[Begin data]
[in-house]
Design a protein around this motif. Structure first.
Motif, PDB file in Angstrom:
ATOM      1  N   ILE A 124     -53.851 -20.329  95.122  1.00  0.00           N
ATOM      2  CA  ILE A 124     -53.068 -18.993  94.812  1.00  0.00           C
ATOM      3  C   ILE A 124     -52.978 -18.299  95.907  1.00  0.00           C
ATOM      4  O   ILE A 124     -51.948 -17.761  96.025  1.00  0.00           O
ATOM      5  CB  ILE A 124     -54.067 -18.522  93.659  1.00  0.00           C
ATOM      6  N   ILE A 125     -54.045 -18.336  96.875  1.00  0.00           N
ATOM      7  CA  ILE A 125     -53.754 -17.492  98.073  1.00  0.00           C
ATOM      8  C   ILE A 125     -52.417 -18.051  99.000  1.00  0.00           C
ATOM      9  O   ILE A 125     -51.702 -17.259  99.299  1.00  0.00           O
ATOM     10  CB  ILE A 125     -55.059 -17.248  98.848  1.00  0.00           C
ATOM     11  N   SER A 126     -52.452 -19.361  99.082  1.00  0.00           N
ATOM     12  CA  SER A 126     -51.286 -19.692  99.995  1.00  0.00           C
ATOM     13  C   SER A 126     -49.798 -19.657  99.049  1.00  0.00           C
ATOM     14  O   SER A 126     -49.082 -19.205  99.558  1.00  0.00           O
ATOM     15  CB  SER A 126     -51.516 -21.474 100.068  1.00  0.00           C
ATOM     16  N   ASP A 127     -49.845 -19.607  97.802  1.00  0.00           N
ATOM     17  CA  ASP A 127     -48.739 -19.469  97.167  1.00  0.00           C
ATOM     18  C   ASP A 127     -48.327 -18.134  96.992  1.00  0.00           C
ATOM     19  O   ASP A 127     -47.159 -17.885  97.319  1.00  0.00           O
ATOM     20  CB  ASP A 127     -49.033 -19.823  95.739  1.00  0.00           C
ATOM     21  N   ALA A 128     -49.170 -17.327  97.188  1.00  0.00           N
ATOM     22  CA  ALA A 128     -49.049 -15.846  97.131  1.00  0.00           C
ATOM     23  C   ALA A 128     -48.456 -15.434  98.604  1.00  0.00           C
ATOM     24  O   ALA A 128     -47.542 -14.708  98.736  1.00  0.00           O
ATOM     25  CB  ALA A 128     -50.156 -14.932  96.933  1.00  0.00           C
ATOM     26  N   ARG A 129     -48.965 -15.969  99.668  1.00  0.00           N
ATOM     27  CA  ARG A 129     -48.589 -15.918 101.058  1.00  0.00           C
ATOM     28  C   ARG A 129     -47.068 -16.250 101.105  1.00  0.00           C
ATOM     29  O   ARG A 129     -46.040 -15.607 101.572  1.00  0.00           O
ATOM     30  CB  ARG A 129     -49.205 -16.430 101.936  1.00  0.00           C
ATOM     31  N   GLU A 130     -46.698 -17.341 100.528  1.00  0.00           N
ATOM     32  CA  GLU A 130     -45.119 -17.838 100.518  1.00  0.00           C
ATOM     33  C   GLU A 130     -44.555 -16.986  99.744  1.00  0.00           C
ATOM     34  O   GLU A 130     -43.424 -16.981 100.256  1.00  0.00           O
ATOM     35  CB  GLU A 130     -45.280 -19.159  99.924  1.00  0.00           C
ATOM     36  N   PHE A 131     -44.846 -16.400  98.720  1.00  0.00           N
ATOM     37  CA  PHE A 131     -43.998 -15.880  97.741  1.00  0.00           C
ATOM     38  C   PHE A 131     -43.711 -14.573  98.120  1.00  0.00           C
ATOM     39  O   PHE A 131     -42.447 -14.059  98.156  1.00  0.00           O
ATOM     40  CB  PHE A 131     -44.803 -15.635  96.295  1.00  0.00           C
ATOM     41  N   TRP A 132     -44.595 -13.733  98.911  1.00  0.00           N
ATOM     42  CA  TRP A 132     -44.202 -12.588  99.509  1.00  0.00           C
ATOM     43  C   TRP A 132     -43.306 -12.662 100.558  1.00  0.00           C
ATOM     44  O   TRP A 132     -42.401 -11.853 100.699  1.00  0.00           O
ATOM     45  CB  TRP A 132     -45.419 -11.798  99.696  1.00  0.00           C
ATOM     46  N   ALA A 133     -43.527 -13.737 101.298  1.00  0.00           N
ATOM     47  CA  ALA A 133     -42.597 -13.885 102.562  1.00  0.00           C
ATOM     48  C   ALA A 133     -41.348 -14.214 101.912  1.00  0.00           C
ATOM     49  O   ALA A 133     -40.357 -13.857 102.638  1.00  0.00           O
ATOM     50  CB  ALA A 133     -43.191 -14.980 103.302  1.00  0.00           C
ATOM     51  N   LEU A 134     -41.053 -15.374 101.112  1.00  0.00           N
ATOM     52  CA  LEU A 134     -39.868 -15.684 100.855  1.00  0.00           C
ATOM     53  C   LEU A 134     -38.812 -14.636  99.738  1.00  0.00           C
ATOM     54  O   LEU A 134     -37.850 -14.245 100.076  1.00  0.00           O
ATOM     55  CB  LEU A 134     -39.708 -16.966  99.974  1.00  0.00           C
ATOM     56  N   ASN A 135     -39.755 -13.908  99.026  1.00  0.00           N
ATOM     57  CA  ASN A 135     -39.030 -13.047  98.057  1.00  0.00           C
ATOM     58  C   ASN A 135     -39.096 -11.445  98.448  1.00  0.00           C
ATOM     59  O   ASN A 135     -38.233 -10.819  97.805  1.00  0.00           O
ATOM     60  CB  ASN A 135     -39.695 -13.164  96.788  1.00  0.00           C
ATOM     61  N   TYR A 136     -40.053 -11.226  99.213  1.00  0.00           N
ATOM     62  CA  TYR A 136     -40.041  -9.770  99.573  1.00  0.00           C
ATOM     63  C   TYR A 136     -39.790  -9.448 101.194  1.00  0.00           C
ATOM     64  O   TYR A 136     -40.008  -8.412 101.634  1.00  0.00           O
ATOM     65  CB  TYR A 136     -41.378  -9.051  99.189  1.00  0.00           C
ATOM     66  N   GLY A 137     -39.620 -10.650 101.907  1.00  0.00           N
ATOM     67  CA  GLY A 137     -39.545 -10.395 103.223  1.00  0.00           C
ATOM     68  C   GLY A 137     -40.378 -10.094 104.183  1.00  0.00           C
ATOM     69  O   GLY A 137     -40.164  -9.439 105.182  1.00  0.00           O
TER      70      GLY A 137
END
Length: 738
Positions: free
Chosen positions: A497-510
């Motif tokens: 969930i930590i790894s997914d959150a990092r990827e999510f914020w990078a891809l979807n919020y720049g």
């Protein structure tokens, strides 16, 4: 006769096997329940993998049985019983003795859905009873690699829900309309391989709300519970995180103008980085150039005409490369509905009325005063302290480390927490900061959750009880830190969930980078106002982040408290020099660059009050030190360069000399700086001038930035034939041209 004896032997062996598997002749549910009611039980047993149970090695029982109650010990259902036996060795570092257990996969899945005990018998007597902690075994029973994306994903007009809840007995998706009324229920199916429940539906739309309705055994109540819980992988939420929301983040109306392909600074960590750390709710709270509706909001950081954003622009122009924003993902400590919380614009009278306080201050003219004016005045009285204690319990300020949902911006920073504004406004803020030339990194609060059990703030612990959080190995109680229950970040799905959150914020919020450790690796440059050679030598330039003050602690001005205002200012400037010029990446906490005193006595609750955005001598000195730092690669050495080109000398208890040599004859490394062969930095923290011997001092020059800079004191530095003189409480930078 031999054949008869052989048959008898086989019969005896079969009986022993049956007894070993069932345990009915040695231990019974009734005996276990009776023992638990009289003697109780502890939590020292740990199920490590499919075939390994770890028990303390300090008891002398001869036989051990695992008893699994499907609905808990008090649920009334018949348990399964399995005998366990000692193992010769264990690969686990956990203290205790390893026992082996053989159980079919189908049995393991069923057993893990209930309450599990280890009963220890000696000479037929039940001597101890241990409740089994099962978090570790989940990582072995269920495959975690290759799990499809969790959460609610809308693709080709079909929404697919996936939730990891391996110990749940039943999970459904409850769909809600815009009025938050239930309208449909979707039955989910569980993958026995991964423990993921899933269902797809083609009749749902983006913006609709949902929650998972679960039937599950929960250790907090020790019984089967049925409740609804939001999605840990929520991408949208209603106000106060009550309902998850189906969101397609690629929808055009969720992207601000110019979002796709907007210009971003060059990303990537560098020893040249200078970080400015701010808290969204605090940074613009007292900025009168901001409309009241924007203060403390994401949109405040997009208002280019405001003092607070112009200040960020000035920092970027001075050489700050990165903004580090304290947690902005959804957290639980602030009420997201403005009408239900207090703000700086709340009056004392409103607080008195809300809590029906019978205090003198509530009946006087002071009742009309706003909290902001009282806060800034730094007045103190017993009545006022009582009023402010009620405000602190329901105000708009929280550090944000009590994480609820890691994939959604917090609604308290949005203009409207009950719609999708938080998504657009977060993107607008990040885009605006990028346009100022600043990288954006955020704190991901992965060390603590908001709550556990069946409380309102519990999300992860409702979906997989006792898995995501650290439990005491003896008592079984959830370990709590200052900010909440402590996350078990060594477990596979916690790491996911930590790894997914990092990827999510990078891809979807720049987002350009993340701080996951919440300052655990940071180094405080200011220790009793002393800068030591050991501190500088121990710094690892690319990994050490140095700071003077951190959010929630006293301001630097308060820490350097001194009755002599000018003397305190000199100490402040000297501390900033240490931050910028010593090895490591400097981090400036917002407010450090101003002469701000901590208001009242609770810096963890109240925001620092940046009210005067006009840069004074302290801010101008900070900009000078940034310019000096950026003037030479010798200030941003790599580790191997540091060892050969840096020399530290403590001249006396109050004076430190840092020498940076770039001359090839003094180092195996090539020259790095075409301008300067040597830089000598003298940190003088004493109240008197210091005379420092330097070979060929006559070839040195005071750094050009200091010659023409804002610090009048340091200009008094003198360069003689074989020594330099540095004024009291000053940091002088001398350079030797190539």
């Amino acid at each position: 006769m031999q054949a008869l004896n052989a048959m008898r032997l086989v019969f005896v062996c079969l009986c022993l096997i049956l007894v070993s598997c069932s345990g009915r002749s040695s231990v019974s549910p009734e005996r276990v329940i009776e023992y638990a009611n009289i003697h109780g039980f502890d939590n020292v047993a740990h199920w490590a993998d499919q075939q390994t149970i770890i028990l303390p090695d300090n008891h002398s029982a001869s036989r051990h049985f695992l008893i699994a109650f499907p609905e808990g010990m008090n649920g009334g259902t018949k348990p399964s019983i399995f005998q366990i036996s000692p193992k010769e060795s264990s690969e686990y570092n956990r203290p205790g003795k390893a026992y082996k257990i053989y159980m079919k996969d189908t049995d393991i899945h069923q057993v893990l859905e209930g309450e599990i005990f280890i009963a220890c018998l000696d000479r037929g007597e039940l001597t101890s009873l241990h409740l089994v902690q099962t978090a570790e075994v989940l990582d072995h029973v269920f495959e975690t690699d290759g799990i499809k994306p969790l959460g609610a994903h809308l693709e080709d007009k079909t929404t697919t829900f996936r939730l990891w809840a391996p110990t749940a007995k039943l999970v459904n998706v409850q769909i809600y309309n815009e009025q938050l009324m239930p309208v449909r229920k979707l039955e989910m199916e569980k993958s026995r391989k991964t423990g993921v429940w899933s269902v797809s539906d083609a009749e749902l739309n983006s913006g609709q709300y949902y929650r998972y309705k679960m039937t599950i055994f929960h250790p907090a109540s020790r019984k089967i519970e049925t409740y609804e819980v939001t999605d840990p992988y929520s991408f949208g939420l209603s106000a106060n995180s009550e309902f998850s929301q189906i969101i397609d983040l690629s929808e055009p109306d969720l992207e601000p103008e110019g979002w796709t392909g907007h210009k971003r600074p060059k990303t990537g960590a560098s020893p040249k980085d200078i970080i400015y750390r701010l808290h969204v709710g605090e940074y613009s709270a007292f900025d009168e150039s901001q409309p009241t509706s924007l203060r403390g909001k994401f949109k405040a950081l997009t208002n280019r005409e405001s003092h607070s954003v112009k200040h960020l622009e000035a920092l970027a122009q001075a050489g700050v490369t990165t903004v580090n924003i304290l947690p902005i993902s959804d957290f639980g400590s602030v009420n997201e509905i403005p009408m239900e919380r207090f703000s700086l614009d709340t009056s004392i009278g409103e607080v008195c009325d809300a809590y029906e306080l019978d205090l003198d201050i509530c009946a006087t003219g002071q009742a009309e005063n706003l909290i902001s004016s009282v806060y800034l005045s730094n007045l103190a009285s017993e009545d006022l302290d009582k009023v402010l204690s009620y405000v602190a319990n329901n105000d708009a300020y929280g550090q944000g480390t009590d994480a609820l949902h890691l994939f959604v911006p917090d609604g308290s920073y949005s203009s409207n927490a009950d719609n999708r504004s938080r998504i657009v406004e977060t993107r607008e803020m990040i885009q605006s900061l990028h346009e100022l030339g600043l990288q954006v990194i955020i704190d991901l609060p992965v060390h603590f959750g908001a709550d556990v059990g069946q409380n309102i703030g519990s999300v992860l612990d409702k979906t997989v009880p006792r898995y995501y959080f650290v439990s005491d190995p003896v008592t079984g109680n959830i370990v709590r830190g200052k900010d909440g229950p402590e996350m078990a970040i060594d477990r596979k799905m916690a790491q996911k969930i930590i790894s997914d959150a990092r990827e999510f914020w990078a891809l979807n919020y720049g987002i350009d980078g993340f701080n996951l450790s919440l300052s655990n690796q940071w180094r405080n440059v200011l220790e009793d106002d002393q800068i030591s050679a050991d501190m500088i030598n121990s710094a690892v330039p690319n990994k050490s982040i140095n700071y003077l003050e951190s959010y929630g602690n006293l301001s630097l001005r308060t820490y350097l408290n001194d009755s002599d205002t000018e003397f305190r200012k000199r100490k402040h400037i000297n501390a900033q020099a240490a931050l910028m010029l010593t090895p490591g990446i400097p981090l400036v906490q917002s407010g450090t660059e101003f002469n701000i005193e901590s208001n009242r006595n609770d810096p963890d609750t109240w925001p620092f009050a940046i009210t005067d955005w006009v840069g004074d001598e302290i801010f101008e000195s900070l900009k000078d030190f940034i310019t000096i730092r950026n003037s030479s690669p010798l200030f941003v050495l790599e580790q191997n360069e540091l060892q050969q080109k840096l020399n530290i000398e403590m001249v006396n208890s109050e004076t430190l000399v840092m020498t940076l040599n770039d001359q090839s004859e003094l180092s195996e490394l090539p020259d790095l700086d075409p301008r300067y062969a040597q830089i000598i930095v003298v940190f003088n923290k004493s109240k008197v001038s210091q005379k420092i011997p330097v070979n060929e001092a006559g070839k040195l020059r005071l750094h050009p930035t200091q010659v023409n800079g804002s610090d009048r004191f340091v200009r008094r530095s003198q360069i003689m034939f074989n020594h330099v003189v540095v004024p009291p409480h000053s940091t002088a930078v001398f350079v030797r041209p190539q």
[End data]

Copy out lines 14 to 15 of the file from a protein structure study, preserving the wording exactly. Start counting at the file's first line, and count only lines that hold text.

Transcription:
ATOM     11  N   SER A 126     -52.452 -19.361  99.082  1.00  0.00           N
ATOM     12  CA  SER A 126     -51.286 -19.692  99.995  1.00  0.00           C